Data shows that if a customer at a quick service restaurant has a wait time of three minutes or less they’re highly satisfied. That number isn’t so surprising — from a customer prospective, waiting in line is the least enjoyable part of the quick service restaurant experience.
If your line is too long many would-be patrons may skip your restaurant altogether, opting for a shorter line elsewhere. Keep reading to learn more about what may be causing your long lines, and how you can fix them.
1. Having multiple lines at your quick service restaurant can cause delays
While some quick service restaurants have multiple lines, research has shown that customers prefer a “one line for all registers” solution to waiting in line. Diners can become agitated if they feel like another patron who arrived later is being helped before them. This perception of unfairness can cause customers to take their business elsewhere. To solve this, have a single line that feeds into multiple registers where customers can order.
In many cases a single line can be incredibly efficient. Wendy’s is one quick service restaurant that employs this concept well, though there’s no one-size-fits-all method that will work for every establishment.
2. Multi-tasking employees can increase wait times
It may sound counterintuitive, but if one employee is responsible for multiple tasks, line wait times can increase. Could your employees be multitasking too heavily, and could it lead to longer wait times for customers?
Home Slice, an extraordinarily popular Austin, Texas pizza restaurant, helps manage its extremely long lines by increasing staff numbers behind the line. As Nano Whitman, the restaurant’s general manager said, “You never want the person talking to the customer to have to break away and do extra things that are going to slow the line down. You want them to be focused on the customer having a good time while somebody else is doing the work to get the food out.”
3. Not having enough front of house staff can lead to long restaurant lines
In an effort to remain profitable it can be tempting to reduce the amount of staff that you have on hand. However, reducing front of house staff can have a negative impact on your overall sales. John Scardapane, founder and CEO of Philadelphia-based Saladworks, frames the issue by stating, “One customer that’s unhappy and doesn’t come back costs you a lot more than the hourly rates you’re trying to save by cutting back one employee.”
Scardapane has an excellent suggestion for an alternative, and more effective, way to cut costs: renegotiate your vendor contracts. Everything from rent to food is negotiable, and it doesn’t hurt to ask.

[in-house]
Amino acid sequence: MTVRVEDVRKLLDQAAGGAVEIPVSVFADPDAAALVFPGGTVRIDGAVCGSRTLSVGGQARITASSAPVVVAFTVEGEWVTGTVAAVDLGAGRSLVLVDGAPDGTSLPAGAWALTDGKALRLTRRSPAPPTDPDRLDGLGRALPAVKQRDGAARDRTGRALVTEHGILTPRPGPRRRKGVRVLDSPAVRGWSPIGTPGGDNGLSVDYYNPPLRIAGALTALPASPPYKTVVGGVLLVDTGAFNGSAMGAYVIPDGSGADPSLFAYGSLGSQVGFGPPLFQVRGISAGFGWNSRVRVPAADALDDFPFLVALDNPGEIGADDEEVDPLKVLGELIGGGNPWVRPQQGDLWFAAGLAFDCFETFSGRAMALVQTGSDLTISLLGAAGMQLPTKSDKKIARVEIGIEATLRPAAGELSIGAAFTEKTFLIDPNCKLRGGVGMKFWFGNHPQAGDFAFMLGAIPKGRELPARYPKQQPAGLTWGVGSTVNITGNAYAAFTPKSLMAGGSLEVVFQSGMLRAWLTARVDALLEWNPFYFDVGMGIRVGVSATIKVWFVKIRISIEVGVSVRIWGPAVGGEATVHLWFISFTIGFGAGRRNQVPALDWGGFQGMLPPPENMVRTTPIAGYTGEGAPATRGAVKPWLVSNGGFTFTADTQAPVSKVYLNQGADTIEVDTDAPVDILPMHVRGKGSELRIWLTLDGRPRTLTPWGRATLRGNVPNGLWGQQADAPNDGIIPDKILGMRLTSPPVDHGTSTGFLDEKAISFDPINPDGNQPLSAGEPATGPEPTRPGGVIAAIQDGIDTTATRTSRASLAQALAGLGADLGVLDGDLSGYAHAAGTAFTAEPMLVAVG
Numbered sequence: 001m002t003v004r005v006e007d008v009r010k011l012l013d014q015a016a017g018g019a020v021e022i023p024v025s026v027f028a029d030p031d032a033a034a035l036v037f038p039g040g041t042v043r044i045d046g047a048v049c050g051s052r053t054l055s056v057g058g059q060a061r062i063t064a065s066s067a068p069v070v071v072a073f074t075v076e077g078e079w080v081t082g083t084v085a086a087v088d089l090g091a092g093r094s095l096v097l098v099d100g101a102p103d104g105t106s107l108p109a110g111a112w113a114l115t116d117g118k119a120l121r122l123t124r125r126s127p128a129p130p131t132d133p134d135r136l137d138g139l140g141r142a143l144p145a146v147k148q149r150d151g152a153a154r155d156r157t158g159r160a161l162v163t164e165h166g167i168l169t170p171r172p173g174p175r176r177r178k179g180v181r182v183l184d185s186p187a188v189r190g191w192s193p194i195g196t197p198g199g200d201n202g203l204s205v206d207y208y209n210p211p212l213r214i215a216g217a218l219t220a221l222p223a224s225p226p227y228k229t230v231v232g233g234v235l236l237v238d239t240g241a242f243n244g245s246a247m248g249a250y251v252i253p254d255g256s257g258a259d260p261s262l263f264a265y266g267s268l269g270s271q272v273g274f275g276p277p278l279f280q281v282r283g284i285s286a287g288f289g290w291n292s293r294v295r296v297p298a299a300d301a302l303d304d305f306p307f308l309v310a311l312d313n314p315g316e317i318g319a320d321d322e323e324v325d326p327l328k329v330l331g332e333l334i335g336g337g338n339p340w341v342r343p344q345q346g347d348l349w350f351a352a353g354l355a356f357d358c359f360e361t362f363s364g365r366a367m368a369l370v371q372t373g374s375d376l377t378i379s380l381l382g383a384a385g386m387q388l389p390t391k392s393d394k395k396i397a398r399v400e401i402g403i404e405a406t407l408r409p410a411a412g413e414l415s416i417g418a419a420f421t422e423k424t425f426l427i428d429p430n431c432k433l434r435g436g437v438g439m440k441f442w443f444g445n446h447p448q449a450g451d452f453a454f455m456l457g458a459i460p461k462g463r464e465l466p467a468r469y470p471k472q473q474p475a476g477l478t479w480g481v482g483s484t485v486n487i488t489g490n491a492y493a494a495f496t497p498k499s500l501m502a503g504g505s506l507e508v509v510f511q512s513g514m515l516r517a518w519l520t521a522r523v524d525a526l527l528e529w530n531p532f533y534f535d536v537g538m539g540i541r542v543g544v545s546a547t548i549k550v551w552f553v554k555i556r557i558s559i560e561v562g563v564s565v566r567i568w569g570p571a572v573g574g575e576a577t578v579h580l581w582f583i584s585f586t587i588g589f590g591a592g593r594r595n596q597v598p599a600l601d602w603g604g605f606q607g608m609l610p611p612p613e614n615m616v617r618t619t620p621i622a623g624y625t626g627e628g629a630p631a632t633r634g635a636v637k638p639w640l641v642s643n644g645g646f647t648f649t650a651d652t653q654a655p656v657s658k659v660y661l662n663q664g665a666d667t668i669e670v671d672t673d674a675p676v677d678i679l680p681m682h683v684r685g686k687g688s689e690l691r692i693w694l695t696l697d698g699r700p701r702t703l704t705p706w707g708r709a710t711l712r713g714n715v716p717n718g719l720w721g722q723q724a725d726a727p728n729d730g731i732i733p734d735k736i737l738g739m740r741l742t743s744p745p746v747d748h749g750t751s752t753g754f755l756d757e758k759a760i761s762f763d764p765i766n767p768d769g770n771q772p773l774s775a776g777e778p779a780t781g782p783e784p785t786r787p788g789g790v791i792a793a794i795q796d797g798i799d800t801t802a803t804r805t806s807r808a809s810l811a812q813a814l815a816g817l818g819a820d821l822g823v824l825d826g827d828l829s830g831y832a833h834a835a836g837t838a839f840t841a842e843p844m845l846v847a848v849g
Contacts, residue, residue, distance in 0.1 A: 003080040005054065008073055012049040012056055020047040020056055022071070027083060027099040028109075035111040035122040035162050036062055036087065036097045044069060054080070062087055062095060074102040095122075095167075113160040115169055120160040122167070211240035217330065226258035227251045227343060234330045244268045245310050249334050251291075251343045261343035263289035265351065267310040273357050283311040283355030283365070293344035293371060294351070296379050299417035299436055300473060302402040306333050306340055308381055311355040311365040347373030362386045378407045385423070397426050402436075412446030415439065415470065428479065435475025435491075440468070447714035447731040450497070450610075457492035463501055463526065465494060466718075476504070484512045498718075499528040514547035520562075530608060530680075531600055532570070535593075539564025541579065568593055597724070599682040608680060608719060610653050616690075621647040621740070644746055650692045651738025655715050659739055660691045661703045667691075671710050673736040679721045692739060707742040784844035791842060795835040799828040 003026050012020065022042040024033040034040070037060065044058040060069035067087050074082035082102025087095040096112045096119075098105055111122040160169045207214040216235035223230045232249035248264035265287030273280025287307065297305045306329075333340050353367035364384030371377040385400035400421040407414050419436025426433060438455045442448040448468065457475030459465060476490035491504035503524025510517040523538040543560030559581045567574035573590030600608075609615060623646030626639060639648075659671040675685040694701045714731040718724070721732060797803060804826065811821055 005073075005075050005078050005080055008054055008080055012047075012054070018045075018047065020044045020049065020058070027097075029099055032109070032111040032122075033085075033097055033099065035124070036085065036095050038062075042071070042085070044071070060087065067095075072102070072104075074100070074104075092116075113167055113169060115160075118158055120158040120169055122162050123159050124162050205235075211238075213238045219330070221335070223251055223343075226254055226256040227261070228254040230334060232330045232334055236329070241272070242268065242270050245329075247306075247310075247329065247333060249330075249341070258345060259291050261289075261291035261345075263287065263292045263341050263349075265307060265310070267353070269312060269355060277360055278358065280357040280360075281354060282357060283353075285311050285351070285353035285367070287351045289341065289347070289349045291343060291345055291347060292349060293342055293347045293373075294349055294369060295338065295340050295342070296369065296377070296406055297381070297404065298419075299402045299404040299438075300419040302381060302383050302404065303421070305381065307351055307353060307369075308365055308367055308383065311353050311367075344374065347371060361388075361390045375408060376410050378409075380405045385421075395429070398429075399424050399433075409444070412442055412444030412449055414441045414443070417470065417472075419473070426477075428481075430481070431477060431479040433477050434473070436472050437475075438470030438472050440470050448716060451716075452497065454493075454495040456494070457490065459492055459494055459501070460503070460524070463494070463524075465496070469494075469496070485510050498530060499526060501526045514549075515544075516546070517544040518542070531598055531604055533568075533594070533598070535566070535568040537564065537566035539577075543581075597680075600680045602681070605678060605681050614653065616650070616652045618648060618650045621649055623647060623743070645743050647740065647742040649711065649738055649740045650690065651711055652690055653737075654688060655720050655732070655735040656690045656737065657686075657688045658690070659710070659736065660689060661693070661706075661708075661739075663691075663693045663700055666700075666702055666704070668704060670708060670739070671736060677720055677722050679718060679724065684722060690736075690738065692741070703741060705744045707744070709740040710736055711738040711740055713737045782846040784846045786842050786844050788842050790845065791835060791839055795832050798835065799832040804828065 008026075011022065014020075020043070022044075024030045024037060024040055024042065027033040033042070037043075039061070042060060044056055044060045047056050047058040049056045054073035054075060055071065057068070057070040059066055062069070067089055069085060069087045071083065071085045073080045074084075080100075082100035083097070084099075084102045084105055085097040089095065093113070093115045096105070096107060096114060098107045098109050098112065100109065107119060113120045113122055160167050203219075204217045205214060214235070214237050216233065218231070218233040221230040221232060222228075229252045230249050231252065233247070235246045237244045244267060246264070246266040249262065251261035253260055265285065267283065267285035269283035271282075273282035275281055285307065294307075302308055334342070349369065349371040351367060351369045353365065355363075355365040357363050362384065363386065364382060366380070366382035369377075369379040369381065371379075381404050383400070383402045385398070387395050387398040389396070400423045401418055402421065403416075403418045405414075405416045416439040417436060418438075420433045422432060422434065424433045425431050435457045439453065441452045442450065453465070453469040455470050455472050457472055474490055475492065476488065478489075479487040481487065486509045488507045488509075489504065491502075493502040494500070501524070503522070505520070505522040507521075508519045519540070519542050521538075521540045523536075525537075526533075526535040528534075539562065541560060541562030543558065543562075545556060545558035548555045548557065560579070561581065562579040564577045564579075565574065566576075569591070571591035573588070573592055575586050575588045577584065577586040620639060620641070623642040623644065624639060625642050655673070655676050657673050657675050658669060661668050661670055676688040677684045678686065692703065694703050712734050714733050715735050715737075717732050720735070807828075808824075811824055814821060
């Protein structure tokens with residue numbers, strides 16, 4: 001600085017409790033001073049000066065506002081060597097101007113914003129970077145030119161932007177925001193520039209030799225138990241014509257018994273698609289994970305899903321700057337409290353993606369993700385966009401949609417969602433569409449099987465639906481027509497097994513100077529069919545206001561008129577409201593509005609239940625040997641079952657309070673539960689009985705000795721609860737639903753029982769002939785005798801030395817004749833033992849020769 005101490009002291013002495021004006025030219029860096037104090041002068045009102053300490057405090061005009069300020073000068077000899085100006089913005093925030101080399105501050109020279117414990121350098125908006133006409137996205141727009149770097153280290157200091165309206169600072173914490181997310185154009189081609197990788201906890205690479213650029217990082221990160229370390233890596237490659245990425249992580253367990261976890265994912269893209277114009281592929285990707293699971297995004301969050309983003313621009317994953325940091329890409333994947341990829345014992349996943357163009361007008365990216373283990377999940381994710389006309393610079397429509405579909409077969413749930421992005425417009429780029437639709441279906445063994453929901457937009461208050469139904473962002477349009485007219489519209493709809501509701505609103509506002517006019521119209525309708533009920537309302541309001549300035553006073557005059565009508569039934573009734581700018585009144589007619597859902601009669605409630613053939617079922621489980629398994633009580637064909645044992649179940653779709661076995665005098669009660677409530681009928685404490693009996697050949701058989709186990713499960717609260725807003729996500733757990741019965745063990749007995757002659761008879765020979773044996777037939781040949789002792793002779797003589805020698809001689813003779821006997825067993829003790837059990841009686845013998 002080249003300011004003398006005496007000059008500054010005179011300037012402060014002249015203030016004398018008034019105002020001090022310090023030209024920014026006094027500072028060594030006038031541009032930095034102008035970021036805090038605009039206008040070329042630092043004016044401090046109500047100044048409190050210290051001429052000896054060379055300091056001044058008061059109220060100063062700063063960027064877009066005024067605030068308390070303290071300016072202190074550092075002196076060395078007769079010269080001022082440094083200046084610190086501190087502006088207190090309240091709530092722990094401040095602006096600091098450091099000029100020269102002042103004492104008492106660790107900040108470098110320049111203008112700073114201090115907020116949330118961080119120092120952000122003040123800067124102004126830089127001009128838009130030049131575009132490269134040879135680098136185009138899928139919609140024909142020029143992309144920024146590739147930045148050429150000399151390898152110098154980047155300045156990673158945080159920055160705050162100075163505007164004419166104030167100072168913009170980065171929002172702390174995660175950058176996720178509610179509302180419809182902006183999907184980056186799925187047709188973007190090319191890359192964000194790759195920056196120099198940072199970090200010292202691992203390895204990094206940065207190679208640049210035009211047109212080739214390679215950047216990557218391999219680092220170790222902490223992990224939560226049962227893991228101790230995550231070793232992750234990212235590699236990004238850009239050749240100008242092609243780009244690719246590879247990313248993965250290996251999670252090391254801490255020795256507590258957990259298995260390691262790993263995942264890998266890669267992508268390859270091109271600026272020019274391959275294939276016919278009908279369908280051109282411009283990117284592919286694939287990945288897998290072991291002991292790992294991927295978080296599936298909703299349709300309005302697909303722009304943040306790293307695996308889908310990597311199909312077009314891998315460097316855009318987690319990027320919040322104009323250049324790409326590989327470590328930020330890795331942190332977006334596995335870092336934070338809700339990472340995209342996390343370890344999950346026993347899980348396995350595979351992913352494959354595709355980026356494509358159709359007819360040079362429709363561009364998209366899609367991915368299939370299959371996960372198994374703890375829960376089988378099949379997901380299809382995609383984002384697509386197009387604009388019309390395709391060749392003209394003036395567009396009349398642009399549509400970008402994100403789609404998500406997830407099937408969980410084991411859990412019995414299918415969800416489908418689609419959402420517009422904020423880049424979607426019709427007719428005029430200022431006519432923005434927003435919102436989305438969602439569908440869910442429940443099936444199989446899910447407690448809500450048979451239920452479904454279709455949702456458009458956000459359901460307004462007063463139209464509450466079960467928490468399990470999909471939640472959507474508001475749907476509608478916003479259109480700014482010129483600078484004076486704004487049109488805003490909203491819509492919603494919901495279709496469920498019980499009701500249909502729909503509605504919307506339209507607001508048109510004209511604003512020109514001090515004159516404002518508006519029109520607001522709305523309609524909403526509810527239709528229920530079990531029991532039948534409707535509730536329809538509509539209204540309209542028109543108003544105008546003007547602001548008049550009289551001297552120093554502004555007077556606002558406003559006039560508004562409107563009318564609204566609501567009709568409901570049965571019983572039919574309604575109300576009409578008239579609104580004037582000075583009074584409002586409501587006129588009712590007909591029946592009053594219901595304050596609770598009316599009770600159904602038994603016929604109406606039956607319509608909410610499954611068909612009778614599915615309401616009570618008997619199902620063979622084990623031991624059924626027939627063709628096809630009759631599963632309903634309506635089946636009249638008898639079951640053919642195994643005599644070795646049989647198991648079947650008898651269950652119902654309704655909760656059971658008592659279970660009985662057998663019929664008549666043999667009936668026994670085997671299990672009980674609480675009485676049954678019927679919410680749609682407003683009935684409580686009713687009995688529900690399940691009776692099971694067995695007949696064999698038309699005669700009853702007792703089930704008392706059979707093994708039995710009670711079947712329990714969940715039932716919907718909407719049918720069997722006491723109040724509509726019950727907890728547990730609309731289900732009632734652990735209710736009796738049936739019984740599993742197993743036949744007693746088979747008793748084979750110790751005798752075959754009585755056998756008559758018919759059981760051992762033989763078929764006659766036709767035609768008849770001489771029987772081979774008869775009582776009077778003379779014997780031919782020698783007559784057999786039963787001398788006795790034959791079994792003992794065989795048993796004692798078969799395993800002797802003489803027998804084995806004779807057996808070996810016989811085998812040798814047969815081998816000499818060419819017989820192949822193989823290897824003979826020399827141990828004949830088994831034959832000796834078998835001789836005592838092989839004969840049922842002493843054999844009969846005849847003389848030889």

4. Do you have a menu visible for people waiting in line?
If your customers have to wait in a line you might as well make their time more productive. Are diners able to easily look at a menu while standing in line, so that they can make their food choices before they reach the register? If they aren’t it could lead to longer lines and increased wait times.
Make it easy for patrons to look at a menu while waiting and you might notice that your lines move faster. You can also use menu boards with prominent photos of the food. It’s an upselling technique that drive-thrus have used with great success, because our eyes are drawn to visuals. Using photos can also help speed up decision-making.
5. Being reluctant to use new technology can lead to longer lines in a quick service restaurant
Technology, such as people counting and line-time video analytics, can make your quick service restaurant more efficient than ever if you’re willing to include it in your daily operations. Digital ordering is one way that restaurants are striving for “wait time zero,” and it could be a tool worth investigating. If customers are able to pre-order their food the lines will be shorter and wait times will be drastically reduced or nonexistent. Staff members are also able to plan their workload more efficiently.
Another helpful way to utilize technology and reduce wait times is having a staff member with a POS tablet take the orders of patrons who are waiting in line. As an added bonus, customers won’t feel like they’re wasting precious time in a slow-moving line.
Dawn is responsible for helping Envysion’s enterprise clients in the retail and restaurant spaces determine which Envysion products and services will best meet their needs. Prior to Envysion, Dawn was with MegaPath and was responsible for selling complex Wide Area Network (WAN) solutions into retail and restaurants. Additionally, Dawn has delivered significant results for other start-ups such as Connect South LLC, Intrepid Communications and Advanced Radio Telecom. Dawn earned her Bachelor’s degree in Public Relations at Western Kentucky University.